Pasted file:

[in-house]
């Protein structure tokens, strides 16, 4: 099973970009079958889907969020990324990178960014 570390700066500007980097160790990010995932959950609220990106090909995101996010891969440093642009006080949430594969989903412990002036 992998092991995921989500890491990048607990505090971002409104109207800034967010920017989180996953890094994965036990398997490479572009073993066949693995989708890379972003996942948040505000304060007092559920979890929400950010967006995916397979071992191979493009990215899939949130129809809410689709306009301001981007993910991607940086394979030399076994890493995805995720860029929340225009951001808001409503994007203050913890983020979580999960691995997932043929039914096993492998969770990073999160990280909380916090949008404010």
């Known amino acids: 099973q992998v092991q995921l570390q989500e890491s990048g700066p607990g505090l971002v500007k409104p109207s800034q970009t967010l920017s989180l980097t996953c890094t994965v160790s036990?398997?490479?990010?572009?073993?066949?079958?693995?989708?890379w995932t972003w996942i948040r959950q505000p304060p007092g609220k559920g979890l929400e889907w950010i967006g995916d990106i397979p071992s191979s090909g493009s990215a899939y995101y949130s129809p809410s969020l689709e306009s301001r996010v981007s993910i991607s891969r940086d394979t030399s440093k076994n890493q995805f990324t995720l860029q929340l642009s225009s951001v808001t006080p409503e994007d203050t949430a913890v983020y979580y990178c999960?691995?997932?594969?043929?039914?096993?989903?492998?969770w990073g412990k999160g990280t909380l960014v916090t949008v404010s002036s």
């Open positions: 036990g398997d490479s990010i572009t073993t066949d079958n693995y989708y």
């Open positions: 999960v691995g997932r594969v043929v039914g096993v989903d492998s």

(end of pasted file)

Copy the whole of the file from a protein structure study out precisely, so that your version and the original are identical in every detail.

[in-house]
């Protein structure tokens, strides 16, 4: 099973970009079958889907969020990324990178960014 570390700066500007980097160790990010995932959950609220990106090909995101996010891969440093642009006080949430594969989903412990002036 992998092991995921989500890491990048607990505090971002409104109207800034967010920017989180996953890094994965036990398997490479572009073993066949693995989708890379972003996942948040505000304060007092559920979890929400950010967006995916397979071992191979493009990215899939949130129809809410689709306009301001981007993910991607940086394979030399076994890493995805995720860029929340225009951001808001409503994007203050913890983020979580999960691995997932043929039914096993492998969770990073999160990280909380916090949008404010």
């Known amino acids: 099973q992998v092991q995921l570390q989500e890491s990048g700066p607990g505090l971002v500007k409104p109207s800034q970009t967010l920017s989180l980097t996953c890094t994965v160790s036990?398997?490479?990010?572009?073993?066949?079958?693995?989708?890379w995932t972003w996942i948040r959950q505000p304060p007092g609220k559920g979890l929400e889907w950010i967006g995916d990106i397979p071992s191979s090909g493009s990215a899939y995101y949130s129809p809410s969020l689709e306009s301001r996010v981007s993910i991607s891969r940086d394979t030399s440093k076994n890493q995805f990324t995720l860029q929340l642009s225009s951001v808001t006080p409503e994007d203050t949430a913890v983020y979580y990178c999960?691995?997932?594969?043929?039914?096993?989903?492998?969770w990073g412990k999160g990280t909380l960014v916090t949008v404010s002036s």
């Open positions: 036990g398997d490479s990010i572009t073993t066949d079958n693995y989708y």
């Open positions: 999960v691995g997932r594969v043929v039914g096993v989903d492998s």